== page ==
Seattle, WA, USA, 12 April 2008 (The Washington Times) - The Dalai Lama said yesterday that he did not support a boycott of the Beijing Olympic Games. Asked on NBC "Nightly News" whether he wanted the world to boycott the Olympics this summer, Tibet's exiled spiritual leader replied, "No."
When the network asked whether he wanted the leaders of the U.S. and other nations to boycott the opening ceremony in support of Tibet and as a statement against China's recent crackdown there, the Dalai Lama replied, "That's up to them."
"It is very important to make clear, not only just the Tibet case, but in China proper" also, he said, adding that the human-rights situation in China is "poor ... very poor."
Asked what his message to China was, he said: "My main point is: We are not against you. And I'm not seeking separation."
The NBC interview provided the Buddhist spiritual leader's only words yesterday on the political situation in Tibet.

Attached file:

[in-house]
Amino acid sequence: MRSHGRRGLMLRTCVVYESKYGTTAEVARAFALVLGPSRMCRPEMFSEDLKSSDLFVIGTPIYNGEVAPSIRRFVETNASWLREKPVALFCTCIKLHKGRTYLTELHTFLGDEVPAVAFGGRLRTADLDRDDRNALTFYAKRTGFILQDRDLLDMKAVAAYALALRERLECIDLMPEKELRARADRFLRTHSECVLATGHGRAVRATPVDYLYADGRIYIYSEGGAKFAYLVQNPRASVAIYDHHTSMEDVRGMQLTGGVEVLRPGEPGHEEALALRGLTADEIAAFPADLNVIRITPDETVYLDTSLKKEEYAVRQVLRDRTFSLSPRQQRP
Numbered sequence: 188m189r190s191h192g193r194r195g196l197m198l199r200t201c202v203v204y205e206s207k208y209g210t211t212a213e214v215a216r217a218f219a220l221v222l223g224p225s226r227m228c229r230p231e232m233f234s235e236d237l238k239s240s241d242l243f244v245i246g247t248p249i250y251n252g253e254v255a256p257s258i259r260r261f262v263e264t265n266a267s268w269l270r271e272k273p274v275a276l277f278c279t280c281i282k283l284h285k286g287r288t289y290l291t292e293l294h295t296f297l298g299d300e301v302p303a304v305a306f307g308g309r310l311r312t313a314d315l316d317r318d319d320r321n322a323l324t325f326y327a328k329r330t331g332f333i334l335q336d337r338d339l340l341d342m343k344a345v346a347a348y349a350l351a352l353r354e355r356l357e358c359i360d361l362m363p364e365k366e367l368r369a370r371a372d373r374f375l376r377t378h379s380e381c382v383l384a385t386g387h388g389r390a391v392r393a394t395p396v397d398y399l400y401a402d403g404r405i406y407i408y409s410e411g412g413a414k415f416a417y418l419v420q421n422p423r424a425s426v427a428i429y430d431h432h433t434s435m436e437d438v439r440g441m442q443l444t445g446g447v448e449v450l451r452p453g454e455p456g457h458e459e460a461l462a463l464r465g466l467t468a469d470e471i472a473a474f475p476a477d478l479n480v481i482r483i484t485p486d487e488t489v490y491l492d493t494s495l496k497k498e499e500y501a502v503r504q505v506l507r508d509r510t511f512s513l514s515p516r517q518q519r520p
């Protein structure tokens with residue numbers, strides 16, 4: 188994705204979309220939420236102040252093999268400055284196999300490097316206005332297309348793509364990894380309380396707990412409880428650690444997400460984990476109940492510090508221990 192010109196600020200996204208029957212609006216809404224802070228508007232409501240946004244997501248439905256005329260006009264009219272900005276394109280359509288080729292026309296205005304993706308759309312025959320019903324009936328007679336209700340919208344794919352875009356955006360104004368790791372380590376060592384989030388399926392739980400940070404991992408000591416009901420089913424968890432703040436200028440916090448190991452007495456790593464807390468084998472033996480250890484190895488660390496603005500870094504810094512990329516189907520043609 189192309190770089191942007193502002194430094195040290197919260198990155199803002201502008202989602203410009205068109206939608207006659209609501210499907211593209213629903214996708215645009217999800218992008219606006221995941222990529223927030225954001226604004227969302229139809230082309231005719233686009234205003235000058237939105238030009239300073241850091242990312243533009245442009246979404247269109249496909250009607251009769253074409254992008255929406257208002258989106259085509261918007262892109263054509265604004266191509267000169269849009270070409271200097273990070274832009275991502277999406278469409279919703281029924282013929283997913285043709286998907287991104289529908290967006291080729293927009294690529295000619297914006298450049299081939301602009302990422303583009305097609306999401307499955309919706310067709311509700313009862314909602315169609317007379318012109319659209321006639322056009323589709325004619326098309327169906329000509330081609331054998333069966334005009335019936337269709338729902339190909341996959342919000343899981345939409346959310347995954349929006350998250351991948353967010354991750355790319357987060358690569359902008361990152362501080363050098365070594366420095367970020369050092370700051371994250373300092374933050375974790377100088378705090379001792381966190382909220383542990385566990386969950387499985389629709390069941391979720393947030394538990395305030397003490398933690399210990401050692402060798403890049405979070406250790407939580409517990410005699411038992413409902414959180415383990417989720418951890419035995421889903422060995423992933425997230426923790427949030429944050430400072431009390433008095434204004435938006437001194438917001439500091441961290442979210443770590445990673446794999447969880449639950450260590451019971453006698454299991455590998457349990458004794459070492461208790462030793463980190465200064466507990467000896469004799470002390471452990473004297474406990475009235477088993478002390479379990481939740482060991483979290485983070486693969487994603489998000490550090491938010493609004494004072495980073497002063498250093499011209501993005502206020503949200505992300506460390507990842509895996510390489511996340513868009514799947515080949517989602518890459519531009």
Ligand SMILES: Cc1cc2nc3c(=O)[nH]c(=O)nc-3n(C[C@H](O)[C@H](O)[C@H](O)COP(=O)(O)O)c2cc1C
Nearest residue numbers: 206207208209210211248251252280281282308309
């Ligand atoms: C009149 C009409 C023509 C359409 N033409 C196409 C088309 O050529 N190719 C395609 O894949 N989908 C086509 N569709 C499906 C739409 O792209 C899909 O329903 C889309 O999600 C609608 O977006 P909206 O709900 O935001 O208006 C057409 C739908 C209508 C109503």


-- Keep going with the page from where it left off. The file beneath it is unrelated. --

He made no mention of human rights or politics yesterday in his first public appearance since arriving for a five-day conference here on compassion, instead welcoming what he said was a new scientific interest in human emotion.
Organizers say the Seeds of Compassion gathering is essentially nonpolitical, but co-founder Dan Kranzler alluded to Tibet, telling the Tibetan Buddhist spiritual leader on stage, "The world knows the truth." Organizers of the five-day conference say the Dalai Lama's visit is expected to draw more than 150,000 people to dozens of workshops and events.
An estimated 7,000 people attended the opening session, a dialogue between scientists and the Dalai Lama about early childhood development and compassion, which went smoothly. The mood was lighthearted, with the Dalai Lama often joking during the first two events about his personal life, and reflecting on his own parents.
"I'm happy to be spending time sitting with experienced scientists of compassion," he said. "Compassion is the motivation, but the real factor is action to change."
The Dalai Lama began his U.S. tour amid continuing turmoil in Tibet and loud protests accompanying the Olympic torch's passage to Beijing.
The Olympic torch arrived in Buenos Aires yesterday in the only South American stop of its world tour. Police, security officials and fences kept protesters from the torch on its 8.5-mile route in Argentina's capital.